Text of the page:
The Border Design

The first design project for my Landscape Design class at UC involves a 25’ x140’ border, foundation planting and patio area. Some of the students in my class only have to identify their plant selection in very basic terms such as evergreen, herbaceous and size. They are not horticulture majors so the instructor is giving them a bit of leeway. I was challenged to focus on the design of the garden as well as specific plant selections.

I am proud of my drawing. I wish I had better pencils so I could do some plants and groupings in different shades; all the black lines are a bit harsh for my liking. Considering this is my fourth design, ever, for such a class, it looks pretty good!

I am a firm believer in creating formal garden plans for real and imagined gardens. Designing a landscape is a study in flow, scale, perspective, site conditions and long term planning (how will the garden evolve, grow over time?).

It is also a wonderful way to delve into plant research. If you are specific about the plant selections in your design, you will inevitably spend more time with your nose in Dirr and Still reference books, garden design books and plant catalogues than you will spend drawing.

Next time weather keeps you housebound, challenge yourself to design a garden that is far removed from what you are accustomed to. Challenge yourself to design a shade garden if you are a veggie grower, a cottage garden if you prefer order and structure or a wetland garden if prairie gardening is your norm.

This is my last design class. The university does not offer a landscape design degree which is unfortunate. I would like to learn more about garden design under the instruction of a professional.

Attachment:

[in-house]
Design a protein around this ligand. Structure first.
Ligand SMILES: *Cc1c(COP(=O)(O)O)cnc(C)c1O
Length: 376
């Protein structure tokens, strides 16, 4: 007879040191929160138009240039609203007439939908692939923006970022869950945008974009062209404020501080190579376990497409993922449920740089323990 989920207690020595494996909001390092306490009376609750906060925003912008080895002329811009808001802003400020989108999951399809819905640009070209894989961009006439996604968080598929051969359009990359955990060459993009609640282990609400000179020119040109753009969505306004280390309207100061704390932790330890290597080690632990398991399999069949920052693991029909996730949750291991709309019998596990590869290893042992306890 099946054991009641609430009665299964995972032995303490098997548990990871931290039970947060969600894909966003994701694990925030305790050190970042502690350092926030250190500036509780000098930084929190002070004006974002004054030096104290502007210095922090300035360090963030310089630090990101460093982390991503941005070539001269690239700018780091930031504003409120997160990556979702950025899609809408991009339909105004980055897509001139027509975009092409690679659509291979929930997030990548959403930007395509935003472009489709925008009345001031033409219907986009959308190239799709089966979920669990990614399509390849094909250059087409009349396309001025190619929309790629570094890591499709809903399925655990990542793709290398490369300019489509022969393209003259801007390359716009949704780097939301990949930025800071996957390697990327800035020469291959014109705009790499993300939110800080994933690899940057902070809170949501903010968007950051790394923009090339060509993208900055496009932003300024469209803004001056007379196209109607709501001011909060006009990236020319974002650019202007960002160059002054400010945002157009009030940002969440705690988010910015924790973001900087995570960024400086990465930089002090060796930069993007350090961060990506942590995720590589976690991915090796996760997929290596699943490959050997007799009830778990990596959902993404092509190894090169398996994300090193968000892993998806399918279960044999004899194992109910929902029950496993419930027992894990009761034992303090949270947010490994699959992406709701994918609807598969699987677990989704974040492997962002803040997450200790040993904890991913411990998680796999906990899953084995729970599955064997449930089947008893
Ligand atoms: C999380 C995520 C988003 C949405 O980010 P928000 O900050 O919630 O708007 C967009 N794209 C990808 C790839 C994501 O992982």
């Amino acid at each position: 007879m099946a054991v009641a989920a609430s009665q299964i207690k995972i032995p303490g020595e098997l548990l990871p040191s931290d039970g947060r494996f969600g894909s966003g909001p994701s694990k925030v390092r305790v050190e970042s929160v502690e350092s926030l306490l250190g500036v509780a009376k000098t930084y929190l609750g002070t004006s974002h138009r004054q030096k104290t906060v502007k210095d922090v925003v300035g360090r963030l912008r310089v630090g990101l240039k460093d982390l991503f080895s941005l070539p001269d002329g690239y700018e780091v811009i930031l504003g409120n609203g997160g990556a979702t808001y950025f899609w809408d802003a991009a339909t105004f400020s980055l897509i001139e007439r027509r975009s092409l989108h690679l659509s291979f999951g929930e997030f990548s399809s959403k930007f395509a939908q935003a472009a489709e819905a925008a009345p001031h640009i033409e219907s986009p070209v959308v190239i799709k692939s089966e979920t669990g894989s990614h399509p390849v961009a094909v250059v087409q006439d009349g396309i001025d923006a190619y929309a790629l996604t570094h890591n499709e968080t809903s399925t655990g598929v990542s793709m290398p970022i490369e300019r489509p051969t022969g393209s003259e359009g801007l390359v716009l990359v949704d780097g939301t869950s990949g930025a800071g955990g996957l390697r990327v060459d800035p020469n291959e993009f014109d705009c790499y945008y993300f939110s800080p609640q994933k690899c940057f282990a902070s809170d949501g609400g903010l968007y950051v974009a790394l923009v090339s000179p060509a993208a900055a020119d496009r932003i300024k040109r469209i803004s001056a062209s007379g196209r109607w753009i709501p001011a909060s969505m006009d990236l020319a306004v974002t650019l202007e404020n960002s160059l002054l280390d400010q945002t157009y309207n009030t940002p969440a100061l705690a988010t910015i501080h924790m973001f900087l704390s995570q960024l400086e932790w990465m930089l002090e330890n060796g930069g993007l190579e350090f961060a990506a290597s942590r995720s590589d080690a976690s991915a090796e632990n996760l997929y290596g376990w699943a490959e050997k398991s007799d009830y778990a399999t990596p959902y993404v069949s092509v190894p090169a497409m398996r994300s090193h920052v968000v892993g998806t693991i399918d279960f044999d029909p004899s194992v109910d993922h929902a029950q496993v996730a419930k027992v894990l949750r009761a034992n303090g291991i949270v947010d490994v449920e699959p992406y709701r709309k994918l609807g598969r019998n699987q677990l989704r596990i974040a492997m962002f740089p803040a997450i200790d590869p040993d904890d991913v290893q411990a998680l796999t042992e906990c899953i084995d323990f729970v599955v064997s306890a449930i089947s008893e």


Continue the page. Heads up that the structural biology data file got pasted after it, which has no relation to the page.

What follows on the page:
The Ever Expanding Garden Library

We recently revamped the entrance room to the
condo and now we have a library. Happy day!
As I was going through the books, deciding what goes where, I came across so many great titles that I wanted to share with you. Sometimes, I will share what I am reading as part of a design project or research. Or it may be a book that fits my mood, caught my attention or I think is a book of value for any gardener or garden historian.

I hope I share a few titles that are new to you or perhaps deserve a second look. Can we ever have too many garden books? I think not!

The first book I want to add to the Garden Library is a book I mentioned in a previous blog I created, The Historic Midwest Garden. I had three blogs, one too many. So, this season, I will include trips to historic gardens, notes on historic garden design, designers and plants.   I digress.      Introducing
Restoring American Gardens – An Encyclopedia of Heirloom Ornamental Plants 1640-1940. Denise Wiles Adams

Contents include:
Historic American Garden Design
Reading the Historic Landscape
Gardens and Architecture: Design Styles for Historic American Building Types
Gardens and Geography: Ornamental Garden Traditions from Maine to Oregon
Encyclopedia of Heirloom Ornamental Plants including heirloom trees, ornamental shrubs, vines, herbaceous plants and rose to name a few.